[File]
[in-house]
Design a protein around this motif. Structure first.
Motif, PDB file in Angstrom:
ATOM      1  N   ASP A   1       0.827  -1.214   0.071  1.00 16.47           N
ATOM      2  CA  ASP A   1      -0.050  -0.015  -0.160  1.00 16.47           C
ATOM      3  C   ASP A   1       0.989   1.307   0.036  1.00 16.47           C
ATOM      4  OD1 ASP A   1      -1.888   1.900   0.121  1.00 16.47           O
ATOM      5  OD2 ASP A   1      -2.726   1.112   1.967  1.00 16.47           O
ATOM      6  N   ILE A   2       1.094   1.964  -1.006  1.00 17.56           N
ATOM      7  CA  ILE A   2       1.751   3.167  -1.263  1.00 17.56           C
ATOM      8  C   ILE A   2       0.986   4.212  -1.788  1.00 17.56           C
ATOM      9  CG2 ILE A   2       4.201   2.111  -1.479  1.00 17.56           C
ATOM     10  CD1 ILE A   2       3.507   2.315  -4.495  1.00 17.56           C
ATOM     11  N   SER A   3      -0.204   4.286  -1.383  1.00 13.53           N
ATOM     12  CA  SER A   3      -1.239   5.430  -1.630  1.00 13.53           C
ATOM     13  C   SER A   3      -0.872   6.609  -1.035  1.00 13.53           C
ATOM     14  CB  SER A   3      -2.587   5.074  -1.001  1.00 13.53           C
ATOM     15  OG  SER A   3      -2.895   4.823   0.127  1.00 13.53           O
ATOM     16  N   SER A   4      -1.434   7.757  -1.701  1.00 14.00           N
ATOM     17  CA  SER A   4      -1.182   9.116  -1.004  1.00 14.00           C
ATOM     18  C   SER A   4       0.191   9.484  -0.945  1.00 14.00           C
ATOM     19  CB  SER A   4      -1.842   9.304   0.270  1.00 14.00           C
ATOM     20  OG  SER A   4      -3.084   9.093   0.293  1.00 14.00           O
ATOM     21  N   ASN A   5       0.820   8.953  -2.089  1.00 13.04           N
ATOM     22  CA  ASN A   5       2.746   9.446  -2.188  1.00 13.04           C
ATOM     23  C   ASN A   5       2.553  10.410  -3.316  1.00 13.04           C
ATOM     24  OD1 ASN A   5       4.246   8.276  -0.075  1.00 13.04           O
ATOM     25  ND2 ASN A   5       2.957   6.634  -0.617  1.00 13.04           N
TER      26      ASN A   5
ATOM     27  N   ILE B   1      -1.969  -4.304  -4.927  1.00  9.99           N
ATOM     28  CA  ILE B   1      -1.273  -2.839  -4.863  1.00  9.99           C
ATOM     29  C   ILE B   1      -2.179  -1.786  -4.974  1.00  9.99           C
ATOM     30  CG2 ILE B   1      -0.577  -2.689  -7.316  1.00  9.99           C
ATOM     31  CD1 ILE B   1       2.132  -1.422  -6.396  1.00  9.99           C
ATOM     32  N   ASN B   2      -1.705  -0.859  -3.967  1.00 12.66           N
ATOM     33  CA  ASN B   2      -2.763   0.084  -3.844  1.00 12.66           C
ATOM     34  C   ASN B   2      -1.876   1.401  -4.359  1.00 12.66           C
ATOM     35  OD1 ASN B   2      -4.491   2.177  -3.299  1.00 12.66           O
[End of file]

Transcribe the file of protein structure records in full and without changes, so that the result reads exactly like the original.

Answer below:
[in-house]
Design a protein around this motif. Structure first.
Motif, PDB file in Angstrom:
ATOM      1  N   ASP A   1       0.827  -1.214   0.071  1.00 16.47           N
ATOM      2  CA  ASP A   1      -0.050  -0.015  -0.160  1.00 16.47           C
ATOM      3  C   ASP A   1       0.989   1.307   0.036  1.00 16.47           C
ATOM      4  OD1 ASP A   1      -1.888   1.900   0.121  1.00 16.47           O
ATOM      5  OD2 ASP A   1      -2.726   1.112   1.967  1.00 16.47           O
ATOM      6  N   ILE A   2       1.094   1.964  -1.006  1.00 17.56           N
ATOM      7  CA  ILE A   2       1.751   3.167  -1.263  1.00 17.56           C
ATOM      8  C   ILE A   2       0.986   4.212  -1.788  1.00 17.56           C
ATOM      9  CG2 ILE A   2       4.201   2.111  -1.479  1.00 17.56           C
ATOM     10  CD1 ILE A   2       3.507   2.315  -4.495  1.00 17.56           C
ATOM     11  N   SER A   3      -0.204   4.286  -1.383  1.00 13.53           N
ATOM     12  CA  SER A   3      -1.239   5.430  -1.630  1.00 13.53           C
ATOM     13  C   SER A   3      -0.872   6.609  -1.035  1.00 13.53           C
ATOM     14  CB  SER A   3      -2.587   5.074  -1.001  1.00 13.53           C
ATOM     15  OG  SER A   3      -2.895   4.823   0.127  1.00 13.53           O
ATOM     16  N   SER A   4      -1.434   7.757  -1.701  1.00 14.00           N
ATOM     17  CA  SER A   4      -1.182   9.116  -1.004  1.00 14.00           C
ATOM     18  C   SER A   4       0.191   9.484  -0.945  1.00 14.00           C
ATOM     19  CB  SER A   4      -1.842   9.304   0.270  1.00 14.00           C
ATOM     20  OG  SER A   4      -3.084   9.093   0.293  1.00 14.00           O
ATOM     21  N   ASN A   5       0.820   8.953  -2.089  1.00 13.04           N
ATOM     22  CA  ASN A   5       2.746   9.446  -2.188  1.00 13.04           C
ATOM     23  C   ASN A   5       2.553  10.410  -3.316  1.00 13.04           C
ATOM     24  OD1 ASN A   5       4.246   8.276  -0.075  1.00 13.04           O
ATOM     25  ND2 ASN A   5       2.957   6.634  -0.617  1.00 13.04           N
TER      26      ASN A   5
ATOM     27  N   ILE B   1      -1.969  -4.304  -4.927  1.00  9.99           N
ATOM     28  CA  ILE B   1      -1.273  -2.839  -4.863  1.00  9.99           C
ATOM     29  C   ILE B   1      -2.179  -1.786  -4.974  1.00  9.99           C
ATOM     30  CG2 ILE B   1      -0.577  -2.689  -7.316  1.00  9.99           C
ATOM     31  CD1 ILE B   1       2.132  -1.422  -6.396  1.00  9.99           C
ATOM     32  N   ASN B   2      -1.705  -0.859  -3.967  1.00 12.66           N
ATOM     33  CA  ASN B   2      -2.763   0.084  -3.844  1.00 12.66           C
ATOM     34  C   ASN B   2      -1.876   1.401  -4.359  1.00 12.66           C
ATOM     35  OD1 ASN B   2      -4.491   2.177  -3.299  1.00 12.66           O